An analysis of monthly calendar anomalies in the Pakistani stock market
: a study of the Gregorian and Islamic calendars

  • Anwar Halari

    Student thesis: Doctoral ThesisDoctor of Philosophy


    Most of the prior research in the area of monthly regularities has been based on the Gregorian calendar; by contrast, little attention has been given to other calendars based on different religions or cultures. This thesis examines monthly calendar anomalies in the Pakistani stock market for both the Gregorian calendar and its Islamic counterpart. This is one of the first studies to investigate both calendars for monthly seasonality in one investigation on the same dataset. Empirical studies of the Pakistani stock market that have examined monthly calendar anomalies are relatively sparse when compared with investigations from other emerging markets throughout the world. Even the findings from the small number of Pakistani investigations that have examined for the presence of monthly calendar anomalies have arrived at different conclusions about the predictability of equity returns at different times within a year. Since the conclusions of these findings have been mixed, the current study undertakes further work on this topic to offer some clarity in this area; this thesis arrives at a firm conclusion about the monthly calendar anomaly.

    For the purpose of this thesis, both qualitative and quantitative research methods were employed. Firstly, 19 face-to-face interviews were conducted with brokers, regulators and individual investors to ascertain their views about share price regularities with regards to monthly calendar anomalies and to gain some insights about the role of investor sentiment in the Pakistani stock markets. Secondly, share returns for a sample of 106 companies listed on the KSE over the 17 year period from 1995 to 2011 were analysed to determine whether Pakistani stock markets are weak-form efficient or whether security price changes can be predicted from knowledge of the month when the return is earned; it also investigates whether there is a change in the risk (volatility) of shares in different months which might explain any pattern in returns. To answer these questions various research methods were employed.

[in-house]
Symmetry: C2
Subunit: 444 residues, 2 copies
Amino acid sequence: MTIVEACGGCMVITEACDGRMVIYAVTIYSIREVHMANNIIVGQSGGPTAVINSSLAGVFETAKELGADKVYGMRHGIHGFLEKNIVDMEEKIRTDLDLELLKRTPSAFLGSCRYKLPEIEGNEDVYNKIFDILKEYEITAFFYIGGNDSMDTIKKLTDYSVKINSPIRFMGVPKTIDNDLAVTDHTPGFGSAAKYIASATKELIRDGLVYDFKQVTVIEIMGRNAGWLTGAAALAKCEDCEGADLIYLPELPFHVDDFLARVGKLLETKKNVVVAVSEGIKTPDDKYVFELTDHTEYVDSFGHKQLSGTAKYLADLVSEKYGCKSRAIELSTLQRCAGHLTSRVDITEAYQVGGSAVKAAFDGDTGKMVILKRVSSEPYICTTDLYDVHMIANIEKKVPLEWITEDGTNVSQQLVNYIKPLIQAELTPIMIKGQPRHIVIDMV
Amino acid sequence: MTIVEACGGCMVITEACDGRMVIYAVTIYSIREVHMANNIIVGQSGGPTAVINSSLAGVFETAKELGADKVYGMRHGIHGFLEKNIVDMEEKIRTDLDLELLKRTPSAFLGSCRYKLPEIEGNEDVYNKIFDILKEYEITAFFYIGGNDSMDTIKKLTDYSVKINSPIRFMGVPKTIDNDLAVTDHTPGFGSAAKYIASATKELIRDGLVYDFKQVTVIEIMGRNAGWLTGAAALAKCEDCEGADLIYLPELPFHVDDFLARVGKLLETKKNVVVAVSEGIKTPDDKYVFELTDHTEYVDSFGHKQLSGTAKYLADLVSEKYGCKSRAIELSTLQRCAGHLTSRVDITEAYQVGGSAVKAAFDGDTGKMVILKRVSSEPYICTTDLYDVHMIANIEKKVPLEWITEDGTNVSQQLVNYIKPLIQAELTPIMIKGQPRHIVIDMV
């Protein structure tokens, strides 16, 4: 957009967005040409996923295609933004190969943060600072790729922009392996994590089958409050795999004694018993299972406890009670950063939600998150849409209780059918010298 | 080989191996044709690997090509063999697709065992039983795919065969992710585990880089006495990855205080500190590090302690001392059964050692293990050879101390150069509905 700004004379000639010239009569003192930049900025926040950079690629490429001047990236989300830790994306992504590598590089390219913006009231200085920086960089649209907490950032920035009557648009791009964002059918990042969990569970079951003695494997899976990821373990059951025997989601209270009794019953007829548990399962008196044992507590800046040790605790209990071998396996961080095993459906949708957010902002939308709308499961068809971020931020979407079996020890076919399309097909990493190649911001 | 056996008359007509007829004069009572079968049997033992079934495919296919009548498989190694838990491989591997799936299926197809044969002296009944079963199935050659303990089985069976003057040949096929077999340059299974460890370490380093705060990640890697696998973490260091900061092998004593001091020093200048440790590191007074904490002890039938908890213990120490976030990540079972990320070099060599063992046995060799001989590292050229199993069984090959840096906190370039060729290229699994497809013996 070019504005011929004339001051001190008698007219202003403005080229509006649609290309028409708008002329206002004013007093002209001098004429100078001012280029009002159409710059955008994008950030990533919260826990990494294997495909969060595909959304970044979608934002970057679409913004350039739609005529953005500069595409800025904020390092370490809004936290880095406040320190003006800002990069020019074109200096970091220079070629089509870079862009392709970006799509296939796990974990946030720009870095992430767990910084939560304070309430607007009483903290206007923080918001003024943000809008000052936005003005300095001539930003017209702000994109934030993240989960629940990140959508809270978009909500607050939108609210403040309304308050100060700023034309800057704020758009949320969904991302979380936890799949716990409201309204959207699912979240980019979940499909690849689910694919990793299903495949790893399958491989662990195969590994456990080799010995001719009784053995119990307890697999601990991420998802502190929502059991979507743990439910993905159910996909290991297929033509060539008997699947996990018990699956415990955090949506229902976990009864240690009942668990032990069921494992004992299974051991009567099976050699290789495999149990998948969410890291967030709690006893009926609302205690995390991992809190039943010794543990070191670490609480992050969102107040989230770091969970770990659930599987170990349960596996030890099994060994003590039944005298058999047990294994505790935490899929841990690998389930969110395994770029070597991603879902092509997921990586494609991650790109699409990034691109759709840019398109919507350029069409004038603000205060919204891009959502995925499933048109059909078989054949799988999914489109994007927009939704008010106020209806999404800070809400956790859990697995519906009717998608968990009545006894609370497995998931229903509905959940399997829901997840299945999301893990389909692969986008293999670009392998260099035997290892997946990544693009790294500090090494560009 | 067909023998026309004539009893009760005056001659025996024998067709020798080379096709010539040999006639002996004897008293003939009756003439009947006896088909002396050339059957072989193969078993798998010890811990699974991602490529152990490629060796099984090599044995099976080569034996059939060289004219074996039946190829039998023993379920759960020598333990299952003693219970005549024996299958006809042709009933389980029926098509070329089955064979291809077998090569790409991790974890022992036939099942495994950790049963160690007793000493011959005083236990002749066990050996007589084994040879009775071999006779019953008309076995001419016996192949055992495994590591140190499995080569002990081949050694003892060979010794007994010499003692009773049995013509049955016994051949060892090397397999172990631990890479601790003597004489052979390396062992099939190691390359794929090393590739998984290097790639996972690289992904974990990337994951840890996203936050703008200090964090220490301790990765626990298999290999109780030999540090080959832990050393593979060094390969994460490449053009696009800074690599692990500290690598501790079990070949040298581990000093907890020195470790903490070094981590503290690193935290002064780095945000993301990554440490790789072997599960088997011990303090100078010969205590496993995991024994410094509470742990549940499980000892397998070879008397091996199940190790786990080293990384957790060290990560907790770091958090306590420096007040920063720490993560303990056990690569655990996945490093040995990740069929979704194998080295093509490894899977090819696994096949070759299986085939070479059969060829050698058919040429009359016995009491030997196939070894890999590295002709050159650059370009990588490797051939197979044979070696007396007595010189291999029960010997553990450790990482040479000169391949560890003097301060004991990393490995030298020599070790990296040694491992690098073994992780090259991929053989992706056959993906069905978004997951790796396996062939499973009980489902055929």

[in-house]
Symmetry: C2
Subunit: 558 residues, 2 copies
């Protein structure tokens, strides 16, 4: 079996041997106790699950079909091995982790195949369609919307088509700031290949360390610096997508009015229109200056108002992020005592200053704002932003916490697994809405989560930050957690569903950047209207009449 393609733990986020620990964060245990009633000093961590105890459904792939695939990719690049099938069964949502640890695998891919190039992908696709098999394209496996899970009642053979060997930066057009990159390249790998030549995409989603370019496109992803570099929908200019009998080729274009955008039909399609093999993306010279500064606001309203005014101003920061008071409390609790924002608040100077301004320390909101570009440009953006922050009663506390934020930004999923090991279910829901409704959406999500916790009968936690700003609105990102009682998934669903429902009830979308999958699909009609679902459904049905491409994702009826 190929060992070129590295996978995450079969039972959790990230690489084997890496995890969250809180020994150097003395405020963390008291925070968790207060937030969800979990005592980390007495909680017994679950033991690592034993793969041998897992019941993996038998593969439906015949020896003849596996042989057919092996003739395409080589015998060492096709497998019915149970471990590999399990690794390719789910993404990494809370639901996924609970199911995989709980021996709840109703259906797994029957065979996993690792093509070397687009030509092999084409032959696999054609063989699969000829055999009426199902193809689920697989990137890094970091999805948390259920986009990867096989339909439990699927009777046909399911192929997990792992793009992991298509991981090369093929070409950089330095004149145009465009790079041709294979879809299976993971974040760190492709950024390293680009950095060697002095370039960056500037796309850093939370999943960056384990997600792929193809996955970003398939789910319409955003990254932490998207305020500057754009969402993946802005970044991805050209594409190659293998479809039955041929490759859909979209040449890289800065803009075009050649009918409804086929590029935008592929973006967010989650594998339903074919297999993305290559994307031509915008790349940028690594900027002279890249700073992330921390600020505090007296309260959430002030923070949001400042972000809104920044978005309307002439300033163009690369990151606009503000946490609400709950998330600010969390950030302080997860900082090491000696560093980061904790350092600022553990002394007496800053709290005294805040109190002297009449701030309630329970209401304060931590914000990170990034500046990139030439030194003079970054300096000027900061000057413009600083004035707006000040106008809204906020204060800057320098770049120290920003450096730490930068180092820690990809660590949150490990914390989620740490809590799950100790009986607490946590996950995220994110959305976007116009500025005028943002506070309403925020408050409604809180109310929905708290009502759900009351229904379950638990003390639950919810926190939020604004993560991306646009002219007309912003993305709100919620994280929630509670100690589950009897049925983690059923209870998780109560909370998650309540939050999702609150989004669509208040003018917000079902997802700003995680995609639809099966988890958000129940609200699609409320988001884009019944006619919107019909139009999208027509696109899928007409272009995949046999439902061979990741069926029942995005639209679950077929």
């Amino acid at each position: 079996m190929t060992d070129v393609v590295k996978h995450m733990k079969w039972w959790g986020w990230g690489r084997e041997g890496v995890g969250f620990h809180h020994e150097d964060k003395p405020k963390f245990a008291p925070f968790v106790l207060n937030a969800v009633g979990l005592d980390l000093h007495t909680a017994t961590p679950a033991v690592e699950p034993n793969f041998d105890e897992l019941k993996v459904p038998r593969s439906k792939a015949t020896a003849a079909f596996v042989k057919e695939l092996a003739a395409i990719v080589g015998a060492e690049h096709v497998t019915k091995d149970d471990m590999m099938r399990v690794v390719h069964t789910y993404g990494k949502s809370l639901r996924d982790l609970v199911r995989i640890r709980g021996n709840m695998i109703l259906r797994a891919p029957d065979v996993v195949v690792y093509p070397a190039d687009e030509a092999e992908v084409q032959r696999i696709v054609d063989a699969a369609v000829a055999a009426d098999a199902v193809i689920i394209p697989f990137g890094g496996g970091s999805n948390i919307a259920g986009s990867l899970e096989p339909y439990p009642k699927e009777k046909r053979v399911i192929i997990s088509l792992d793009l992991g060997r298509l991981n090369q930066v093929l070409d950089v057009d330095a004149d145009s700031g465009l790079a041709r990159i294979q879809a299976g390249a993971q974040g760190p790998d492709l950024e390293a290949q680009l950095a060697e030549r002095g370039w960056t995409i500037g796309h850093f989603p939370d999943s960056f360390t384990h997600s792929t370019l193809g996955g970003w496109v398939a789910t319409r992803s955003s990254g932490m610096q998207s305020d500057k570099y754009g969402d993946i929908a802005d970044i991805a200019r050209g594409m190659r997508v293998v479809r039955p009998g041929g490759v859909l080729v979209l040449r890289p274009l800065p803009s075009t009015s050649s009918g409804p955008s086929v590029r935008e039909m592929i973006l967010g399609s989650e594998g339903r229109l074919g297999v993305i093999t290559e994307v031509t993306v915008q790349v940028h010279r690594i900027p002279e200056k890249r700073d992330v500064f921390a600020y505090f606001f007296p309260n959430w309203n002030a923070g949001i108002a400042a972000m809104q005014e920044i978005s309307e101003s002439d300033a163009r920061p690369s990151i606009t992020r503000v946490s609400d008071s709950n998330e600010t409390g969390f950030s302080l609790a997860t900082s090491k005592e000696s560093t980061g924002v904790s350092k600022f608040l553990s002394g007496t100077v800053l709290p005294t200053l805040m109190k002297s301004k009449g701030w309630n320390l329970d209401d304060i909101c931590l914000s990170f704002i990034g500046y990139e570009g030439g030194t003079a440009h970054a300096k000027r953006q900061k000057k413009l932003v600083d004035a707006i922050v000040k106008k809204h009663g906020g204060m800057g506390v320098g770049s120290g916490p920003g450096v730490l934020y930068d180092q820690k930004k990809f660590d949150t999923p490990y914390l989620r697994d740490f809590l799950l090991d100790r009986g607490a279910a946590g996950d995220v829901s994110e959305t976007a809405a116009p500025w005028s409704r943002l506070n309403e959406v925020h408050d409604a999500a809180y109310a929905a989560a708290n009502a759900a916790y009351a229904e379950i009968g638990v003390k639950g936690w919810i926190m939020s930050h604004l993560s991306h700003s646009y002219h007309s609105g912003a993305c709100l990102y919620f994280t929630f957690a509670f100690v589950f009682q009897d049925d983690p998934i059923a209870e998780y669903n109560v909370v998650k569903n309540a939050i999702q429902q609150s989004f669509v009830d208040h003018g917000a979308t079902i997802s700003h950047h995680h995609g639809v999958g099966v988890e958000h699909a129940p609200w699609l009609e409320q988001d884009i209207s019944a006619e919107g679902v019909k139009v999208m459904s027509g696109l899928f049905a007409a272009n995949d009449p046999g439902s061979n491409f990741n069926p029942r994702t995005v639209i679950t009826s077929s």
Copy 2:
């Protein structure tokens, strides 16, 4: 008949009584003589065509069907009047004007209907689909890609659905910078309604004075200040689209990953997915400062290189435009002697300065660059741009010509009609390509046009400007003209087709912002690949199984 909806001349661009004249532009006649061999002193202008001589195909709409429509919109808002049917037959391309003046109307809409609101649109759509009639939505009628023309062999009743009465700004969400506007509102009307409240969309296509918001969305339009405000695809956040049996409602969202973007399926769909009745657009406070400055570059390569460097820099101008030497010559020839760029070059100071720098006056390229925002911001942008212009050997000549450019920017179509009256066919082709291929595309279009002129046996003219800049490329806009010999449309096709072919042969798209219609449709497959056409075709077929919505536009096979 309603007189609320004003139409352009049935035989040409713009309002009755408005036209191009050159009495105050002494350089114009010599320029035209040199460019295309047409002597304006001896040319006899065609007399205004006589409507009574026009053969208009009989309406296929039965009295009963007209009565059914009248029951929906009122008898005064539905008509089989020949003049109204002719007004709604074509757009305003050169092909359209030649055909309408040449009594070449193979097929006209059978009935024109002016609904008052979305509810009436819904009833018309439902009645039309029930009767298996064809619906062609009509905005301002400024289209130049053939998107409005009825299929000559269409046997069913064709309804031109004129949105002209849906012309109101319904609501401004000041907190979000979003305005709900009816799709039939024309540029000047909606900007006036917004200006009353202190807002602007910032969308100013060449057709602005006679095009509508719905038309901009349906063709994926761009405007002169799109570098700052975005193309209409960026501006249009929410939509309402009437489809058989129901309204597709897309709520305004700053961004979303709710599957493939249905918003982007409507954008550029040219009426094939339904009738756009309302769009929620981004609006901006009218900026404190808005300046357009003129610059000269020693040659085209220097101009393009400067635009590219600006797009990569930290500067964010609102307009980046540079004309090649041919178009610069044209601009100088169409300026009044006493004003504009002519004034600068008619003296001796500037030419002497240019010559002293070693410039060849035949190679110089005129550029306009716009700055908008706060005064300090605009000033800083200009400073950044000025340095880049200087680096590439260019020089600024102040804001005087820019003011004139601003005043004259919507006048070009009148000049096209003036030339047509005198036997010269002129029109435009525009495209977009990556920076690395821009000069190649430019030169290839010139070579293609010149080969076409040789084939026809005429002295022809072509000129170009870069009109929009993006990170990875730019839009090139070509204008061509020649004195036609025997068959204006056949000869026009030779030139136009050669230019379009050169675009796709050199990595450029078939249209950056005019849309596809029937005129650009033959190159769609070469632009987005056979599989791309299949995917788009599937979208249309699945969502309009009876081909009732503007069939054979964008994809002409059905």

The results of the interviews suggest that most respondents believed that share prices exhibit patterns in certain months of the year. The most common pattern highlighted by the interviewees related to the month of January for the Gregorian calendar and Ramadan for the Islamic calendar. Interviewees also argued that volatility declined during the religious month of Ramadan; they attributed these changes to investor sentiment and religious duties. Overall, the results suggested that monthly calendar anomalies may be present in the market and that these are studied by investors in an attempt to earn profit.

    The results from the quantitative analyses supported the findings from the interviews. Initial analyses suggested that returns varied significantly during certain months which indicate that the market might not be efficient. Further, investigations for seasonality in both the mean and volatility of returns offered conflicting evidence; very little statistical evidence of monthly seasonal anomalies was identified in average returns. However, monthly patterns were present in the variance of equity price changes in Pakistan. Overall, the results confirm that whatever monthly seasonality may be present in the equity prices of Pakistani companies, it is more pronounced in the volatility data than in the mean return numbers. These findings may have useful implications for trading strategies and investment decisions; investors may look to gain from managing the risk of their portfolios due to time varying volatility documented in the findings of this thesis. Further, the results of this thesis have interesting implications for our understanding of the dynamics of equity volatility in the Pakistani stock market.
    Date of Award2013
    Original languageEnglish
    SupervisorChristine Helliar (Supervisor), David Power (Supervisor) & Nongnuch Tantisantiwong (Supervisor)


    • Islamic calendar anomalies
    • Stock returns
    • Conditional volatility
    • Behavioural finance
    • Calendar anomalies
    • Stock market efficiency
    • Monthly calendar anomalies
    • Karachi stock exchange
    • Pakistani stock exchange

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